10 Common Things Top Technical Professionals Consider Before Accepting Your Offer

When you’re in the midst of the hiring process, it’s easy to see things from only one perspective: yours. However, taking a step back from that and seeing the common thought process of a top technical professional who has just received an offer from your company may help you ask more effective interview questions, explain the position and details about the company more thoroughly, and increase the rate of IT professionals who respond with an enthusiastic “yes” to your offer! Here are 10 of the most common things top technical professionals will consider before accepting your offer.

1. Will I Be Able to Learn and Grow in This Position? For most top technical professionals, this is the key question and the first they’ll ask themselves. Is there room to learn on the job and grow their skills? Will they be able to use the cutting-edge technology and innovative processes they love? Can they grow their career at your organization or will they have to jump ship in two years when they’re ready to be promoted to a Lead role? Make sure you communicate all of the training and education opportunities your company offers, what technologies they’ll be working with now and can look forward to using in the near future, and if there’s any room for them to grow or be promoted from within during the interview process.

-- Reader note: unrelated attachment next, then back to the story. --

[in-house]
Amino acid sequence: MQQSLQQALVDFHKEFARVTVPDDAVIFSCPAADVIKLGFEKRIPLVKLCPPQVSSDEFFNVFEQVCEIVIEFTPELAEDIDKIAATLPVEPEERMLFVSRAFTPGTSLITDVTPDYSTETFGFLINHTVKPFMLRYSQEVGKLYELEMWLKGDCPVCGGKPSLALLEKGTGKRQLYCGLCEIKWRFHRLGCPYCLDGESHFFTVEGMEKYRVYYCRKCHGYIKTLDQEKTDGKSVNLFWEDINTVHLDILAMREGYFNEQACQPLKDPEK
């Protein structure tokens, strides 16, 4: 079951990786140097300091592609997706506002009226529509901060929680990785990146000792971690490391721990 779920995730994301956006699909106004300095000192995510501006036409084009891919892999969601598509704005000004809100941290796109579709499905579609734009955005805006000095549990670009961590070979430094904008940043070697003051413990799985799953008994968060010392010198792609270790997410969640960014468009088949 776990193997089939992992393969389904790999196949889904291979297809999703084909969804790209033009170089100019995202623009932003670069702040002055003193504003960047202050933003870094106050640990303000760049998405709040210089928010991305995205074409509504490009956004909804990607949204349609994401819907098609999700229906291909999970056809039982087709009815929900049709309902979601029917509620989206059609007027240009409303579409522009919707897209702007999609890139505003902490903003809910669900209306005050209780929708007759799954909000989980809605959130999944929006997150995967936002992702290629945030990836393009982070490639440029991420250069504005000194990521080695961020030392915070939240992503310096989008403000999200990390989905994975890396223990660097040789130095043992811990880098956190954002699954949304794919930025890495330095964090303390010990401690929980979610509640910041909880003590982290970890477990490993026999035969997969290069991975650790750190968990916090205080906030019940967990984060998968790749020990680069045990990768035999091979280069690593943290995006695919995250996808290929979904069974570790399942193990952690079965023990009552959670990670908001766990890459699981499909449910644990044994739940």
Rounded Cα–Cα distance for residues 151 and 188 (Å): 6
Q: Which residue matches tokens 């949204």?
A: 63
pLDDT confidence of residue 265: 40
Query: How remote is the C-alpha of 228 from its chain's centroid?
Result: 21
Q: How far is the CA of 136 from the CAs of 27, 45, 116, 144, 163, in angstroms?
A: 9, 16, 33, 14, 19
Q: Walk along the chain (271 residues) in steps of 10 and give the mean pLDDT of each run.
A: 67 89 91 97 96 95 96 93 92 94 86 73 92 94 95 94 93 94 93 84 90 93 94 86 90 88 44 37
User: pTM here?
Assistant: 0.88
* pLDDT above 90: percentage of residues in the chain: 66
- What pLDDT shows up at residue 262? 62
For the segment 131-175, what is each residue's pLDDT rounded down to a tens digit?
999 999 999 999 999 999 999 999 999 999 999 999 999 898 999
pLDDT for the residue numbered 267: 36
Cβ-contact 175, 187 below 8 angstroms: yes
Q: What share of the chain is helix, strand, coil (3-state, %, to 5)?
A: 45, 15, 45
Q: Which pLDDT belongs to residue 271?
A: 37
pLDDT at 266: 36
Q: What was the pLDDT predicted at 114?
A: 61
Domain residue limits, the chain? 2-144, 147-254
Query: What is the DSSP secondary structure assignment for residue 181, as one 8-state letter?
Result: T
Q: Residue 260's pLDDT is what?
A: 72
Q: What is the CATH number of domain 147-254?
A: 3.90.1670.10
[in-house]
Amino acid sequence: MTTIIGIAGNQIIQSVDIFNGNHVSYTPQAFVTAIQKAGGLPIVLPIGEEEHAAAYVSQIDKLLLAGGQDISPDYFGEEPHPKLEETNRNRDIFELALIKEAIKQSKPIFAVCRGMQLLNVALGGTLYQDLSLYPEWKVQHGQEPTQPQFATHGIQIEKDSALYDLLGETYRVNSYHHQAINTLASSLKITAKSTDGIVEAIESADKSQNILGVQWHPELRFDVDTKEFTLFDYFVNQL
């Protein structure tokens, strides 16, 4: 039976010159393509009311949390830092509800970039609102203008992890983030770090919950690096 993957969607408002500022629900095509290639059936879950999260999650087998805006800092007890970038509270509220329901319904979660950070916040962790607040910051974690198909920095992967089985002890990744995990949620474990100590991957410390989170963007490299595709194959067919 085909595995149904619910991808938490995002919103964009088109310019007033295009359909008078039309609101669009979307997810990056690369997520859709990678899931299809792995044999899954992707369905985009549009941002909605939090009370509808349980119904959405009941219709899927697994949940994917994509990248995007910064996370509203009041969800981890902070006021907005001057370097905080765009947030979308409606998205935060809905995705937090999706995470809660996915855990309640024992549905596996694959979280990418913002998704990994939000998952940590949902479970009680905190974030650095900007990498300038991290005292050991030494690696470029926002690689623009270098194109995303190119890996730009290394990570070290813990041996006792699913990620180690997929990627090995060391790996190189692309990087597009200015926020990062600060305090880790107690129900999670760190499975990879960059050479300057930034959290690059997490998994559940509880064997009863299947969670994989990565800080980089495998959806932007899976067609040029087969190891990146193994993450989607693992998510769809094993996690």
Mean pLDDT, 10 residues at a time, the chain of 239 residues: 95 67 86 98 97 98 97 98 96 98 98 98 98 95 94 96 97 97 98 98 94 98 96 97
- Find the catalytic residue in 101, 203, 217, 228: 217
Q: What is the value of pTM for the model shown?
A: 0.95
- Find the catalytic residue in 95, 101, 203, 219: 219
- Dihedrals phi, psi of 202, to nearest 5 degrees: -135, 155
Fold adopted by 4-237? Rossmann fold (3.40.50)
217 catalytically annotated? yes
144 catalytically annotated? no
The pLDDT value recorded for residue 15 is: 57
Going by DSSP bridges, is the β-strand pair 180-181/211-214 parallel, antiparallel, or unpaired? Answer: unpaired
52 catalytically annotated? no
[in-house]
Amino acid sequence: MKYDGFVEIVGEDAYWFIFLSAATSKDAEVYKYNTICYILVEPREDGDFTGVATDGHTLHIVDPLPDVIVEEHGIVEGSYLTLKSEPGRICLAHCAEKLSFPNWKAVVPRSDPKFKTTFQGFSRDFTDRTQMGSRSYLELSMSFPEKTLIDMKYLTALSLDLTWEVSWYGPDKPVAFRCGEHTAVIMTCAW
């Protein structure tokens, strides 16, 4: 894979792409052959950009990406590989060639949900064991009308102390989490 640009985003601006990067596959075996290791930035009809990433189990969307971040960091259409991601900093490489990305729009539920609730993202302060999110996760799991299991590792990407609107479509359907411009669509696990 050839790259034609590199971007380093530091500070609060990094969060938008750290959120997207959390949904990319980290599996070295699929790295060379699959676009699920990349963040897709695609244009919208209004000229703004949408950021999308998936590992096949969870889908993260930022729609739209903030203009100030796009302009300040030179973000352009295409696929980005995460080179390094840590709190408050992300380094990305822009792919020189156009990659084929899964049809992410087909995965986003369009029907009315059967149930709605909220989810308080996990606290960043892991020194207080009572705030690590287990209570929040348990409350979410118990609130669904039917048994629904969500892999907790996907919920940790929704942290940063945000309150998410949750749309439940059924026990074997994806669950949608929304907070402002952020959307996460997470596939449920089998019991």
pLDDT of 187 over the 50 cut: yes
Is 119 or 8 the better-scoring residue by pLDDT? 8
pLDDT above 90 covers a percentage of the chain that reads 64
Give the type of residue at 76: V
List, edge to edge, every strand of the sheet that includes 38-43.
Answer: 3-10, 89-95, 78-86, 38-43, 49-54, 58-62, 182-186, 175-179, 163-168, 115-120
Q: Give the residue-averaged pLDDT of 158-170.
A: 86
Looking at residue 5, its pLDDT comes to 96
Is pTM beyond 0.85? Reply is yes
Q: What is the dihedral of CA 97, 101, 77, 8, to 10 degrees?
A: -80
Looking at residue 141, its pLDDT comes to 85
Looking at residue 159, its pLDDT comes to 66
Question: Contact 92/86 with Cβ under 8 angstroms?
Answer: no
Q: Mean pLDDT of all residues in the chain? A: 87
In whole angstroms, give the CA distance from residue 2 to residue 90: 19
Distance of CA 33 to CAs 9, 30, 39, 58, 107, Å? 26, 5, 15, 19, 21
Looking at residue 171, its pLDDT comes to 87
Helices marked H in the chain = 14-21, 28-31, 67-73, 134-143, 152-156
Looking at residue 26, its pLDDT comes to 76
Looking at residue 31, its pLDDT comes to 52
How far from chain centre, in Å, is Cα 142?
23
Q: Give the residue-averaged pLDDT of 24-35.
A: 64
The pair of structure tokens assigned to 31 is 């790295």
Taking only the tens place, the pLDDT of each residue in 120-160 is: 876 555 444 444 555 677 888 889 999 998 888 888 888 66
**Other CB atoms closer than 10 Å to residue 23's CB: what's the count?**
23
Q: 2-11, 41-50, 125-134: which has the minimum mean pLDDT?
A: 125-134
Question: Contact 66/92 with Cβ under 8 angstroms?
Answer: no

2. Is it the Right Time for Me to Switch Jobs? While most IT professionals will ask themselves this question before they begin their interview process, they may have stumbled across this opportunity at your organization when they weren’t in the middle of a traditional job search. If that’s the case, they’ll need to evaluate whether or not it’s a good time for them to switch jobs and there’s very little your organization can do to make an impact on this consideration. However, offering relocation assistance or a shorter window before they can access health benefits may help ease their minds and pave a smooth path for this career transition.

3. Can I Maintain or Improve My Current Lifestyle? No one wants to take a major lifestyle downgrade, no matter how enticing a new job opportunity may be. This question will definitely come up when a top technical professional is evaluating your job offer and, if they can’t maintain or improve their current lifestyle due to major cuts in salary, PTO, or other crucial benefits they’ll be more likely to say no to your offer. This is why it’s so important to keep up with the joneses when it comes to benefits and offering a competitive salary.

4. Do I Feel Like I Fit In With the Company Culture? Communicating your company culture is one of the best things you can do during the interview process. That way, when a top technical professional is evaluating your offer of a new job, they’ll be able to easily picture themselves within your organization and figure out if they’re a good fit. While you’re searching for this too, you presumably wouldn’t make the offer if you feel like they’d be a bad fit for your company culture. Make sure they see what you see!